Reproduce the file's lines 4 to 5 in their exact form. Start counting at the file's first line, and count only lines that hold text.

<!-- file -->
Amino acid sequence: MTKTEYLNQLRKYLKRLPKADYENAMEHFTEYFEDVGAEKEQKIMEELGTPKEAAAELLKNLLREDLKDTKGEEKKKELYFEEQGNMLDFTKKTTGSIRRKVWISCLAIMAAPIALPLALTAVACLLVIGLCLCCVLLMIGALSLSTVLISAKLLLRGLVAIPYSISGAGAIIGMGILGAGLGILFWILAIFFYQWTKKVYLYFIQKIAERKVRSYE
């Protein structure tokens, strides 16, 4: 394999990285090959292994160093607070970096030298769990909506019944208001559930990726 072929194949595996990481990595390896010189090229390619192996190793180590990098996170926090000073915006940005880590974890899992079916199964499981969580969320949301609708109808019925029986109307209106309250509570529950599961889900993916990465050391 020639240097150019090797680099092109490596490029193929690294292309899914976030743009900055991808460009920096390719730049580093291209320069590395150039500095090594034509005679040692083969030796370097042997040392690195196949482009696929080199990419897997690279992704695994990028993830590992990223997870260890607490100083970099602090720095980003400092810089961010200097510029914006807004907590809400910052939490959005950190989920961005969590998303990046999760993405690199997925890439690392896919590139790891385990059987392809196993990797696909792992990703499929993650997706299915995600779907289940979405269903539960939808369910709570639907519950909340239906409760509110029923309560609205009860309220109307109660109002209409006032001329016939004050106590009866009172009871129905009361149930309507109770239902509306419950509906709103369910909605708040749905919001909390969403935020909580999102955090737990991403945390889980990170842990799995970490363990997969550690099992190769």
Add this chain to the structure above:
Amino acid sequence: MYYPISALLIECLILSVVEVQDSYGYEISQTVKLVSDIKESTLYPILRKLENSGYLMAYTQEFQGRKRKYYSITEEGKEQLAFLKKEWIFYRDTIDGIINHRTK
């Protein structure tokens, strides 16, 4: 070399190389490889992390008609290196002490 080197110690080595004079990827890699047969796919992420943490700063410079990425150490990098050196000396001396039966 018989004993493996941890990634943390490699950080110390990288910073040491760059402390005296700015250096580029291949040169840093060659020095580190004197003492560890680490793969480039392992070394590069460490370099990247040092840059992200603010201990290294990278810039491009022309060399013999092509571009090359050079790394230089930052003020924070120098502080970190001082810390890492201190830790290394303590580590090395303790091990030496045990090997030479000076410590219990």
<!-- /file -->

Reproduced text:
Amino acid sequence: MYYPISALLIECLILSVVEVQDSYGYEISQTVKLVSDIKESTLYPILRKLENSGYLMAYTQEFQGRKRKYYSITEEGKEQLAFLKKEWIFYRDTIDGIINHRTK
């Protein structure tokens, strides 16, 4: 070399190389490889992390008609290196002490 080197110690080595004079990827890699047969796919992420943490700063410079990425150490990098050196000396001396039966 018989004993493996941890990634943390490699950080110390990288910073040491760059402390005296700015250096580029291949040169840093060659020095580190004197003492560890680490793969480039392992070394590069460490370099990247040092840059992200603010201990290294990278810039491009022309060399013999092509571009090359050079790394230089930052003020924070120098502080970190001082810390890492201190830790290394303590580590090395303790091990030496045990090997030479000076410590219990």